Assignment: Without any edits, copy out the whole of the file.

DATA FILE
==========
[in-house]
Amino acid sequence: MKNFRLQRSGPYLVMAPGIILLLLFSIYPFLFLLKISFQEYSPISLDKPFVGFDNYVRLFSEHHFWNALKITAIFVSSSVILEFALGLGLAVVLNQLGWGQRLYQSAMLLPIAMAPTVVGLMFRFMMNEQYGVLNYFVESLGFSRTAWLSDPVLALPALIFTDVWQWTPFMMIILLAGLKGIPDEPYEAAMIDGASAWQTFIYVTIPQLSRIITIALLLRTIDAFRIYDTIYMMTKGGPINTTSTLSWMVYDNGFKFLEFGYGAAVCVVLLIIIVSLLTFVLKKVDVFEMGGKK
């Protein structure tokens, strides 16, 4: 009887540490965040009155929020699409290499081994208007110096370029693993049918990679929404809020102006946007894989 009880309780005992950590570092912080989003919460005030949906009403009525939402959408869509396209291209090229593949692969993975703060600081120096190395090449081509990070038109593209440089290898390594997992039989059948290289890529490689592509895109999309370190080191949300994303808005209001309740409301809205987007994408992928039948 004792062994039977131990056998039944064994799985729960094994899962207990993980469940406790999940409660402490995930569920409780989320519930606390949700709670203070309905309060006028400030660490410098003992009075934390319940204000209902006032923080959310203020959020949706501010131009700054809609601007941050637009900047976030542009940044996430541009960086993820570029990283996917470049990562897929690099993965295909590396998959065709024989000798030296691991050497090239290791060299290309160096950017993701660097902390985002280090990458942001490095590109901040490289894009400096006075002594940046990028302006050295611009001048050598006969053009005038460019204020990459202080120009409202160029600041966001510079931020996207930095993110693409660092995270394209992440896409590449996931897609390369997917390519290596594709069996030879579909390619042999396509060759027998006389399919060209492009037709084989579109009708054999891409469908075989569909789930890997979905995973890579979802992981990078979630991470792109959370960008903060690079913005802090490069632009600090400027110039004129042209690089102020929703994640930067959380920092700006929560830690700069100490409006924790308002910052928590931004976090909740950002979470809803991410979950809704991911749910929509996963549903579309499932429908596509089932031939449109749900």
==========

[in-house]
Amino acid sequence: MKNFRLQRSGPYLVMAPGIILLLLFSIYPFLFLLKISFQEYSPISLDKPFVGFDNYVRLFSEHHFWNALKITAIFVSSSVILEFALGLGLAVVLNQLGWGQRLYQSAMLLPIAMAPTVVGLMFRFMMNEQYGVLNYFVESLGFSRTAWLSDPVLALPALIFTDVWQWTPFMMIILLAGLKGIPDEPYEAAMIDGASAWQTFIYVTIPQLSRIITIALLLRTIDAFRIYDTIYMMTKGGPINTTSTLSWMVYDNGFKFLEFGYGAAVCVVLLIIIVSLLTFVLKKVDVFEMGGKK
């Protein structure tokens, strides 16, 4: 009887540490965040009155929020699409290499081994208007110096370029693993049918990679929404809020102006946007894989 009880309780005992950590570092912080989003919460005030949906009403009525939402959408869509396209291209090229593949692969993975703060600081120096190395090449081509990070038109593209440089290898390594997992039989059948290289890529490689592509895109999309370190080191949300994303808005209001309740409301809205987007994408992928039948 004792062994039977131990056998039944064994799985729960094994899962207990993980469940406790999940409660402490995930569920409780989320519930606390949700709670203070309905309060006028400030660490410098003992009075934390319940204000209902006032923080959310203020959020949706501010131009700054809609601007941050637009900047976030542009940044996430541009960086993820570029990283996917470049990562897929690099993965295909590396998959065709024989000798030296691991050497090239290791060299290309160096950017993701660097902390985002280090990458942001490095590109901040490289894009400096006075002594940046990028302006050295611009001048050598006969053009005038460019204020990459202080120009409202160029600041966001510079931020996207930095993110693409660092995270394209992440896409590449996931897609390369997917390519290596594709069996030879579909390619042999396509060759027998006389399919060209492009037709084989579109009708054999891409469908075989569909789930890997979905995973890579979802992981990078979630991470792109959370960008903060690079913005802090490069632009600090400027110039004129042209690089102020929703994640930067959380920092700006929560830690700069100490409006924790308002910052928590931004976090909740950002979470809803991410979950809704991911749910929509996963549903579309499932429908596509089932031939449109749900």